Day 2: Case considered and allocated by Gatekeeping team in accordance with the President's Guidance on Allocation and the Family Court (Composition and Distribution) Rules 2014. The Gatekeeper will check whether form C100 is completed. If there has been no MIAM, and there are reasons to believe that the applicant should have attended a MIAM, the Gatekeeping judge can direct that a MIAM should take place before the FHDRA.

Day 17: (ie 17 working days from the date of its receipt of the application) Cafcass provide safeguarding check to the court (or 20 working days for Cafcass Cymru).

Week 5: (or latest, week 6): Case listed for FHDRA (before week 5 if requirements of notice have been abridged).

Thereafter, the case may be listed for fact-finding hearing, Dispute Resolution Appointment ‘DRA' and/or final hearing. If an application is not finally resolved at FHDRA and directions are given for a further hearing, where the parties are both Litigants in Person (LiP), HMCTS can be directed by the court to prepare a LiP bundle for use by the court at subsequent hearings.

Cases may be adjourned where agreement is reached if there are still safeguarding checks or risk assessments to be finalised, but for no longer than 28 days to a fixed date.

HMCTS will now serve C100 applications on the respondent, instead of the applicant being required to do this. The court will also send the necessary documents to Cafcass no later than 2 working days after the date of issue.

The key welfare principles within the CAP are s 1 of the Children Act 1989 and FPR 2010 rr 1, 3 and PD3A, 4, Pt 15 and PD15B, Pt 16, Pt 18, Pt 22, Pt 24, Pt 25, 27.6 and PD27A. Where a fact-finding hearing is required, this should take place in accordance with Practice Direction 12J FPR.

Sections 21.1-21.8 of the CAP deal specifically with enforcement of child arrangements orders and should be referred to in regard to the issues the court will consider, and the range of powers available in the event of a breach.

To do:

For Parenting Plans: see Cafcass ‘Putting Your Children First: A Guide for Separated Parents'.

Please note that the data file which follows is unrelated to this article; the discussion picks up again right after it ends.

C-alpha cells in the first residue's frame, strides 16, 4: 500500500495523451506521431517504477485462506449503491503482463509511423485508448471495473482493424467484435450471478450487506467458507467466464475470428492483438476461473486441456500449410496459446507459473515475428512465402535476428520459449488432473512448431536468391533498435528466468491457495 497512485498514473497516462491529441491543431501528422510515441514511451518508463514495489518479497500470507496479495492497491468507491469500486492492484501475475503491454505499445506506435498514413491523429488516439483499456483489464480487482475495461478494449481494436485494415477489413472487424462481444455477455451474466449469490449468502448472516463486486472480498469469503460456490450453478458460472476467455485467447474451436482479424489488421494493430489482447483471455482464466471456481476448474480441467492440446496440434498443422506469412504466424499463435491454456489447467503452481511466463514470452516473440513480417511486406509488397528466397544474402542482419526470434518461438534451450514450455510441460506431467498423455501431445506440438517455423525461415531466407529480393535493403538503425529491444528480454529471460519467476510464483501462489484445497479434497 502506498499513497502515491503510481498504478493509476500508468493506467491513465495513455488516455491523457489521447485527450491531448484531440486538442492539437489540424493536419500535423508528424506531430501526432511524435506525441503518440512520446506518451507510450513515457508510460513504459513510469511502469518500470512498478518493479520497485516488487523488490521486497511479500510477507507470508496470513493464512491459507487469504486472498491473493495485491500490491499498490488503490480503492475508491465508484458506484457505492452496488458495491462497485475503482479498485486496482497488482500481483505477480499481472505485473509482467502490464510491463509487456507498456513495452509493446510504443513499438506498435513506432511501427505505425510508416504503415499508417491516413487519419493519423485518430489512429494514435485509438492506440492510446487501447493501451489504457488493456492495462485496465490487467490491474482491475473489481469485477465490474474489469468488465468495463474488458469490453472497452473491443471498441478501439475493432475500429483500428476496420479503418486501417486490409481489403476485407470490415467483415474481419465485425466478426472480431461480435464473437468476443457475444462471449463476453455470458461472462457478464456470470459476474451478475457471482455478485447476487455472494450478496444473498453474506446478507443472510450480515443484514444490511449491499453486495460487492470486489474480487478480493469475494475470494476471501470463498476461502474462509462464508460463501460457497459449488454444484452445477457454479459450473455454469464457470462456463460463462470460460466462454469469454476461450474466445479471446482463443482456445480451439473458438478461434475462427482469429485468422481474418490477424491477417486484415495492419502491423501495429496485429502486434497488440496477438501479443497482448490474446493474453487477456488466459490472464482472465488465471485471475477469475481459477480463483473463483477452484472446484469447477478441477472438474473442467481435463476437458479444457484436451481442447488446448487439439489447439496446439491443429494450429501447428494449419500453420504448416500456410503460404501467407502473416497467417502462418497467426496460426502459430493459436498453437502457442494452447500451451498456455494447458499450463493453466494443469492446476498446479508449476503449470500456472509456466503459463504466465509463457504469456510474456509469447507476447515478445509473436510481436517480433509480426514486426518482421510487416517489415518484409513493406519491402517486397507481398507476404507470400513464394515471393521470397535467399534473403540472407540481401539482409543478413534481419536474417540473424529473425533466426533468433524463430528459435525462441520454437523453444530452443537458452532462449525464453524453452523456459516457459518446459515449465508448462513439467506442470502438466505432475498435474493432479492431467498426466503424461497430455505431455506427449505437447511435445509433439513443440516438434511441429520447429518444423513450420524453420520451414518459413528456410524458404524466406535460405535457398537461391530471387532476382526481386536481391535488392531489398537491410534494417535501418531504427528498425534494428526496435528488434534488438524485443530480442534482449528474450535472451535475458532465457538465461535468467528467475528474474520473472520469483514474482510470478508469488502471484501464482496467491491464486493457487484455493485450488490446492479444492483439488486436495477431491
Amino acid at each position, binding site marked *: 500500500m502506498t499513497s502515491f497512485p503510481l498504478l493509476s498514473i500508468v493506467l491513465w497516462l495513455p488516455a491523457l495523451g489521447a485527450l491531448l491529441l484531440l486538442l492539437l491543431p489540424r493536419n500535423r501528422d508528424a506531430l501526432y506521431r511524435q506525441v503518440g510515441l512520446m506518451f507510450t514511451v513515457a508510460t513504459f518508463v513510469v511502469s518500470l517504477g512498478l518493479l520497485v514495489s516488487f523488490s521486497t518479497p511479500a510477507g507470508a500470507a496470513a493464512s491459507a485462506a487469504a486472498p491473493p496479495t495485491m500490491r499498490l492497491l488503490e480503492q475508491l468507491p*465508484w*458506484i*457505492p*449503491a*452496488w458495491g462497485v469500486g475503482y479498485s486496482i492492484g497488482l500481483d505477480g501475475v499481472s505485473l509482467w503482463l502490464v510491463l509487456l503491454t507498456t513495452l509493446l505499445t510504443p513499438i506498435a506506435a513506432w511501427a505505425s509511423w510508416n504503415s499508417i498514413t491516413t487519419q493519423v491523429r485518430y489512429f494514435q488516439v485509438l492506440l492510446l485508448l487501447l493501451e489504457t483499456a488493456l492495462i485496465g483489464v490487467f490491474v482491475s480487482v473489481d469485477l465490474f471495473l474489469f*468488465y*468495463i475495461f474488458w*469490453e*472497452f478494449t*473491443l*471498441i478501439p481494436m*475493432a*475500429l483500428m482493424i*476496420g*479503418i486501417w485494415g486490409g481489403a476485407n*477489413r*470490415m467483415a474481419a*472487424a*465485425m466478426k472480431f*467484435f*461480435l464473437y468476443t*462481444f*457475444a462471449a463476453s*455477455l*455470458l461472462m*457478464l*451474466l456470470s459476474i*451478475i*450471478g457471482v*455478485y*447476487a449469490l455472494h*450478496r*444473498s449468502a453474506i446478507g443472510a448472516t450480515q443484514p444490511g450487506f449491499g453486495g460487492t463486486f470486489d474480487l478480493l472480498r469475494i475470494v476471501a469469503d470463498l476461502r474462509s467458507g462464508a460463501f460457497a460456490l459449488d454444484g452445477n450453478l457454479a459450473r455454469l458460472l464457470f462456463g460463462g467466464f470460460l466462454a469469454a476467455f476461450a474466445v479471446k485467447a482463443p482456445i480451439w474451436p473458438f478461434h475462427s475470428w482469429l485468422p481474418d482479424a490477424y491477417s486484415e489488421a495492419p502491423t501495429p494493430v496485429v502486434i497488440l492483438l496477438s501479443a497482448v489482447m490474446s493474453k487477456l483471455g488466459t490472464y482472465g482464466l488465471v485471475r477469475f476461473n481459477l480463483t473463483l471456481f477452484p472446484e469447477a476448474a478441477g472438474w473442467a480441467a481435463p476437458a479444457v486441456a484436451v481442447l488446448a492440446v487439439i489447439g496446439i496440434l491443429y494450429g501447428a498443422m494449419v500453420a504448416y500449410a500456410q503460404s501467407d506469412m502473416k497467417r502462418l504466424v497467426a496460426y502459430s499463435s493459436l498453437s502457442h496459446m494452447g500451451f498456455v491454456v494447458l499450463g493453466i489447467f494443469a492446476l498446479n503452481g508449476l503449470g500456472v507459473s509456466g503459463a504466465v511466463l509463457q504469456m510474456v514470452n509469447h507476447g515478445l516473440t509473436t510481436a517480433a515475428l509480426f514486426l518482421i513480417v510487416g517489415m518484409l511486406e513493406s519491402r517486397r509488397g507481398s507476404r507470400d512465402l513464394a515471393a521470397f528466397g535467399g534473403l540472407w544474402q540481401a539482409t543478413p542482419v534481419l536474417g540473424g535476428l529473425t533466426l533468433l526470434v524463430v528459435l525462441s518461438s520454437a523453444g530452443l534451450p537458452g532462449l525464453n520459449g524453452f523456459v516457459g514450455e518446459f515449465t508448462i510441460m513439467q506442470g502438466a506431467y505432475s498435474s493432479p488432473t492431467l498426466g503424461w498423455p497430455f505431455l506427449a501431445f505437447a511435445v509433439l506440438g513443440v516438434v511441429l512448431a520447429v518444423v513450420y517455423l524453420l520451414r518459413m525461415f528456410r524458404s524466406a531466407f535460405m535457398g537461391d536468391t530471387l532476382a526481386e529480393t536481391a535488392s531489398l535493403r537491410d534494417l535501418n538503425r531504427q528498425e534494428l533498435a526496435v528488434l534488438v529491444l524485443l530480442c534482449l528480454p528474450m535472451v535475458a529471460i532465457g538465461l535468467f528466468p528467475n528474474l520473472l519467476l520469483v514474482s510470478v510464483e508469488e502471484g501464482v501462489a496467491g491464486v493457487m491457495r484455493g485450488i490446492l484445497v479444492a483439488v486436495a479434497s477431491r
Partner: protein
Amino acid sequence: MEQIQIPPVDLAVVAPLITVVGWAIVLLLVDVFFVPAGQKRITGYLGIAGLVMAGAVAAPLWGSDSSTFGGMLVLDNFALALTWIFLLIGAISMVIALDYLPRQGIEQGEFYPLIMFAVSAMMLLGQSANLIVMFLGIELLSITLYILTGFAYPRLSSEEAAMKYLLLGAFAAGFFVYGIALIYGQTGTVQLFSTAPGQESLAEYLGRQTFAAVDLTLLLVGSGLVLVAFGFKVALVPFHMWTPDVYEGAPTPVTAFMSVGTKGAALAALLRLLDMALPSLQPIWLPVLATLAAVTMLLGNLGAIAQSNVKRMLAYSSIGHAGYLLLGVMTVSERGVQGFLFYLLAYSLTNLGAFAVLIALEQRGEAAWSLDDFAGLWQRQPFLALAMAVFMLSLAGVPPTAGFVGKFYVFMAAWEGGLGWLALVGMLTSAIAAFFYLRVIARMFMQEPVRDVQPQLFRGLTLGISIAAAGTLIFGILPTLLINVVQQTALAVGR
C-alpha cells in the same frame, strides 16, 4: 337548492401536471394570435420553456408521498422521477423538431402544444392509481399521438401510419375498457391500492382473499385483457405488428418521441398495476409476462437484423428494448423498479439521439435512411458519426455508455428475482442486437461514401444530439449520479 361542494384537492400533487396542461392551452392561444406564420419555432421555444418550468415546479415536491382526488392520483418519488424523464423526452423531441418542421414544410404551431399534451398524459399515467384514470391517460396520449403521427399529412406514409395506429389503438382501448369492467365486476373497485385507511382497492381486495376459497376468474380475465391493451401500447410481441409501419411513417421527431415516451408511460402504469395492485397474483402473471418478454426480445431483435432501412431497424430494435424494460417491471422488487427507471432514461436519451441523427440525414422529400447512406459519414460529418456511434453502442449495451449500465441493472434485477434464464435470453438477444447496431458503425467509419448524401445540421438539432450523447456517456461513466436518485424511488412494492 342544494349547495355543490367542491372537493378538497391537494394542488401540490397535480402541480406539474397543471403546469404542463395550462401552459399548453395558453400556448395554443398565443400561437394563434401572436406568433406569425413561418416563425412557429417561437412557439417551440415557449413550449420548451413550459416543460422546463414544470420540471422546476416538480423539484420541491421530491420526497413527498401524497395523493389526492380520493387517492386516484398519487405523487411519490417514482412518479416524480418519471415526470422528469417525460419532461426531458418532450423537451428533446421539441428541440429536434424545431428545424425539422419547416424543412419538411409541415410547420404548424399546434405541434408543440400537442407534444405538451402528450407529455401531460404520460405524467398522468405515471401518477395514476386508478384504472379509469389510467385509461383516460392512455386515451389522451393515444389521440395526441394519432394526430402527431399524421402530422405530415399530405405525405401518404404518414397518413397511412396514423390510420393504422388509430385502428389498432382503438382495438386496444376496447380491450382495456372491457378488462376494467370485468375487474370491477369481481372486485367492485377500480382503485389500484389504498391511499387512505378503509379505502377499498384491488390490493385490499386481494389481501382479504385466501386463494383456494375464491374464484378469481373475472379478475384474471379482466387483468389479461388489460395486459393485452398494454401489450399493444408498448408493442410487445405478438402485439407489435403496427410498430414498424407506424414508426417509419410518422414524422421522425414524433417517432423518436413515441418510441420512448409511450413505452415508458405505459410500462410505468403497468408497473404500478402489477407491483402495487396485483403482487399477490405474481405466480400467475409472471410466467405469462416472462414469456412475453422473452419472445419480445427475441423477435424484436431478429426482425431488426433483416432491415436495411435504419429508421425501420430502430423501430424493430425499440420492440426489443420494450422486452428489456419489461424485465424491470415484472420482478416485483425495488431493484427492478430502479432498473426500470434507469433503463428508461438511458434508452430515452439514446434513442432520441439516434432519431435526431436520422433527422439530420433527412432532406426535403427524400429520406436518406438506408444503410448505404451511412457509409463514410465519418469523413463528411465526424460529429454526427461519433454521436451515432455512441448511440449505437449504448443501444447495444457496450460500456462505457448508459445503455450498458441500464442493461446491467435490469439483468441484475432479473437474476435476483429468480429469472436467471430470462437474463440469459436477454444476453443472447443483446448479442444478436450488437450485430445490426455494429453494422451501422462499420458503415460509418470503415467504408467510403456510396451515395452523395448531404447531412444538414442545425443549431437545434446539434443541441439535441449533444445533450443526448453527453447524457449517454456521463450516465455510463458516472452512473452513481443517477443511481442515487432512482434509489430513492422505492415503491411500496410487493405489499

For public funding issues, note that the Legal Aid Agency (LAA) will provide funding for MIAMs and family mediation for all those who are eligible. Parties may find out if they are likely to be eligible for legal aid at the following link: https://www.gov.uk/check-legal-aid.

If there is a Parenting Plan - don't forget to attach it to your C100 application. Additionally, if the C100 isn't fully completed this could cause a delay with issuing so be vigilant for any missing information.

Familiarise yourself with the circumstances in which a MIAM is required.

Begin using the amended application form C100, incorporating in a single document, and with various other amendments, the previous forms C100 and the FM1.

Ensure you have looked at all relevant documents which are:

(1) The Child Arrangements Programme;

(2) The Guidance on Allocation and Gatekeeping (and schedule);

(3) The Guidance on Continuity and Deployment (Private Law);

(4) The Guidance on use of Prescribed Forms (Private Law);

(5) The CAP flowchart

also the revised PD12J FPR 2010.


For all the information regarding the forthcoming family law reforms, visit our new, fully up-to-date Family Law Reform page with all the latest news, analysis, legislation and cases.


Amy Sanders is a Family Law PSL at Jordan Publishing and was formerly a children and family solicitor practising in London and more recently in Devon.

She can be contacted on Twitter: @Amy_Sanders1